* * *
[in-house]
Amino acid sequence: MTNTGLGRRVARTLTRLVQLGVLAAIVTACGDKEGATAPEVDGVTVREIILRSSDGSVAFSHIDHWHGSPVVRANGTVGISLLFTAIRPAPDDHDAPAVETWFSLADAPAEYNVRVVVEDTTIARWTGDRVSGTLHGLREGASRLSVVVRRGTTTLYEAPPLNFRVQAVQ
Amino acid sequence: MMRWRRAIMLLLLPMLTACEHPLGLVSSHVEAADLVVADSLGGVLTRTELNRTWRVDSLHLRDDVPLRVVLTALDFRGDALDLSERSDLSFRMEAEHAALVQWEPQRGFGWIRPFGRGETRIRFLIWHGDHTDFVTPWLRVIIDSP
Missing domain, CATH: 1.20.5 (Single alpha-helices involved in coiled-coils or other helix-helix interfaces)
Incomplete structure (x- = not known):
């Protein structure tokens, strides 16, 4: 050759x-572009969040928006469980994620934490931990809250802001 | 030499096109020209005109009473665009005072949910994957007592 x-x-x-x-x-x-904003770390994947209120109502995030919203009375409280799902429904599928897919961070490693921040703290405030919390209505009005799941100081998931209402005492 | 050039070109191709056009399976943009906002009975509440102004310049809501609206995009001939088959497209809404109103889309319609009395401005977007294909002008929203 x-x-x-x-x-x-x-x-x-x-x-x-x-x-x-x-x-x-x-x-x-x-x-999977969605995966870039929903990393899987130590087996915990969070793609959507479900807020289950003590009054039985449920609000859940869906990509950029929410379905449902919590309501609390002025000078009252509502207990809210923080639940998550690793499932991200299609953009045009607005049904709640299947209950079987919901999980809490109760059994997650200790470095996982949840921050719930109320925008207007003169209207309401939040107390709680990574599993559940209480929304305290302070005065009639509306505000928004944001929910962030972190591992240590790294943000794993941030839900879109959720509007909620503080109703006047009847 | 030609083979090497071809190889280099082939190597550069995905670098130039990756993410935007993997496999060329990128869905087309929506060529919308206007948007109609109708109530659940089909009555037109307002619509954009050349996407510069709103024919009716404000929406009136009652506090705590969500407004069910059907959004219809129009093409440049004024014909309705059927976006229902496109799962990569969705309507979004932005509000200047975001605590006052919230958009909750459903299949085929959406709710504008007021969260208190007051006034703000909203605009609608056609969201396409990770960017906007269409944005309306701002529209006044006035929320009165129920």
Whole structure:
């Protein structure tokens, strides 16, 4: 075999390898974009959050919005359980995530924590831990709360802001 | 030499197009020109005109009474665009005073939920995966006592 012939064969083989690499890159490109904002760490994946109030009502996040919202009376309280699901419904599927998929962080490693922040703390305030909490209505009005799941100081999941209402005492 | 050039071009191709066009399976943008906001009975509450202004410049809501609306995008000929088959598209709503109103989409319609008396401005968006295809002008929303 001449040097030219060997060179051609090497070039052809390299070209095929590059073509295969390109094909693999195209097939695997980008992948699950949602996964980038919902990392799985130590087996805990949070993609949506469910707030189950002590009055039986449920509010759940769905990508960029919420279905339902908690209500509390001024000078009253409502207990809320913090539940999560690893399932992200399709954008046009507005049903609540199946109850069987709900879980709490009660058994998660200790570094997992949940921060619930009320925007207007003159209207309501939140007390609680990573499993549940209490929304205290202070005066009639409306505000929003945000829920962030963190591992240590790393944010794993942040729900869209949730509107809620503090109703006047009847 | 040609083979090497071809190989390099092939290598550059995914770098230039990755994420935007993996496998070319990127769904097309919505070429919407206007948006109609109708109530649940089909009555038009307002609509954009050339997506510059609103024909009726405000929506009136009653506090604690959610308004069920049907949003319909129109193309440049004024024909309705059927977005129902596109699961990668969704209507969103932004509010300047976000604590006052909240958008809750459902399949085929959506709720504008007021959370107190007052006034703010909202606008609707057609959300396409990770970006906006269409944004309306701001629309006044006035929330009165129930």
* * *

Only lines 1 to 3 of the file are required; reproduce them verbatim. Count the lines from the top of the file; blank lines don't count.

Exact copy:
[in-house]
Amino acid sequence: MTNTGLGRRVARTLTRLVQLGVLAAIVTACGDKEGATAPEVDGVTVREIILRSSDGSVAFSHIDHWHGSPVVRANGTVGISLLFTAIRPAPDDHDAPAVETWFSLADAPAEYNVRVVVEDTTIARWTGDRVSGTLHGLREGASRLSVVVRRGTTTLYEAPPLNFRVQAVQ
Amino acid sequence: MMRWRRAIMLLLLPMLTACEHPLGLVSSHVEAADLVVADSLGGVLTRTELNRTWRVDSLHLRDDVPLRVVLTALDFRGDALDLSERSDLSFRMEAEHAALVQWEPQRGFGWIRPFGRGETRIRFLIWHGDHTDFVTPWLRVIIDSP